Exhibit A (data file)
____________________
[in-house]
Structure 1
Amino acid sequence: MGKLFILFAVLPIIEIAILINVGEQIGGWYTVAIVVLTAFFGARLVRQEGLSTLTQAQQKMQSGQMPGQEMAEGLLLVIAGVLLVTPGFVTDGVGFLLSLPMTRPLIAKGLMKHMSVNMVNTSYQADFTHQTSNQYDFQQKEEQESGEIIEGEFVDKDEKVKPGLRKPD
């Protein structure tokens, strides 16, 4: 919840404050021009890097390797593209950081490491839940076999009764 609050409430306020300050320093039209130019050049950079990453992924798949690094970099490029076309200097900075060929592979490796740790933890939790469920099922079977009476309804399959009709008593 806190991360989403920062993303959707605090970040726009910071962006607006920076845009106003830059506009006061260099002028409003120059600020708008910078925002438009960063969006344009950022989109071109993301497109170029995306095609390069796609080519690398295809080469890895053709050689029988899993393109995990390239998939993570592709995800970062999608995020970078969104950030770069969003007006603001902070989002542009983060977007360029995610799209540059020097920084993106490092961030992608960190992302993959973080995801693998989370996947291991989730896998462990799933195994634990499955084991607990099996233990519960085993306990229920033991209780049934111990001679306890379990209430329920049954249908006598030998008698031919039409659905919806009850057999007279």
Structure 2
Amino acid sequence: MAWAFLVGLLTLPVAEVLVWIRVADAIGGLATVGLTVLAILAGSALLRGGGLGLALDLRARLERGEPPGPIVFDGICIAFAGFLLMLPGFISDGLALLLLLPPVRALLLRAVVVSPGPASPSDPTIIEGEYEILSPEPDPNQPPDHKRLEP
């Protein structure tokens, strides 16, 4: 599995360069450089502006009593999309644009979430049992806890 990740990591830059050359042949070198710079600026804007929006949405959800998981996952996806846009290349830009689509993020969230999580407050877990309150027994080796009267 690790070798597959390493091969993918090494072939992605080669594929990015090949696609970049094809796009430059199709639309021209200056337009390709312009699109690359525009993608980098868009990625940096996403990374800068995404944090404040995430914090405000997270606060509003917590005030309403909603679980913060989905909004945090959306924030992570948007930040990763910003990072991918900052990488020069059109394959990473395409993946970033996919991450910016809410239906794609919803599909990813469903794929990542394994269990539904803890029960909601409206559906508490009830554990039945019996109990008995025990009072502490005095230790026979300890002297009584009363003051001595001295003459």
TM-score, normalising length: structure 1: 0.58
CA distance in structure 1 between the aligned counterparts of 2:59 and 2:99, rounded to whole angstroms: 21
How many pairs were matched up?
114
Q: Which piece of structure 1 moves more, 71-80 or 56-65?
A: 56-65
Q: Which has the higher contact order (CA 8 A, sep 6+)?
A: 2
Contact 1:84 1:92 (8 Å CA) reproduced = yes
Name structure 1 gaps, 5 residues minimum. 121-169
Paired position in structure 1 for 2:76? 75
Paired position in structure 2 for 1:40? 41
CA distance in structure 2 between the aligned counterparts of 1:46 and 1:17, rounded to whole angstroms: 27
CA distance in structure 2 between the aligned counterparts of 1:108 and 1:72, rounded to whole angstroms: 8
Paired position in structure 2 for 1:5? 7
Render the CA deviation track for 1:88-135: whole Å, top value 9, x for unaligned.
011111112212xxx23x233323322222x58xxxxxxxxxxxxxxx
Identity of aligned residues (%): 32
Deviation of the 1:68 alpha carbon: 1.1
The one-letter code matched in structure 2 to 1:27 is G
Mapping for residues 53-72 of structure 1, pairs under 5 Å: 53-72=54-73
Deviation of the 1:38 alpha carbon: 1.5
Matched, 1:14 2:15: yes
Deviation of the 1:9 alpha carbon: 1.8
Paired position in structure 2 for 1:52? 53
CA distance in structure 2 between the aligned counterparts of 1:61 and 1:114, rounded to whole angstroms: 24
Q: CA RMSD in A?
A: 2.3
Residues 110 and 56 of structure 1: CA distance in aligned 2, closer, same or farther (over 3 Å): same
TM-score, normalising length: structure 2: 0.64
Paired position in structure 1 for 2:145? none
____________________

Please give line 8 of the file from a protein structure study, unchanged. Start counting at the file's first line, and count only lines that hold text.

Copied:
TM-score, normalising length: structure 1: 0.58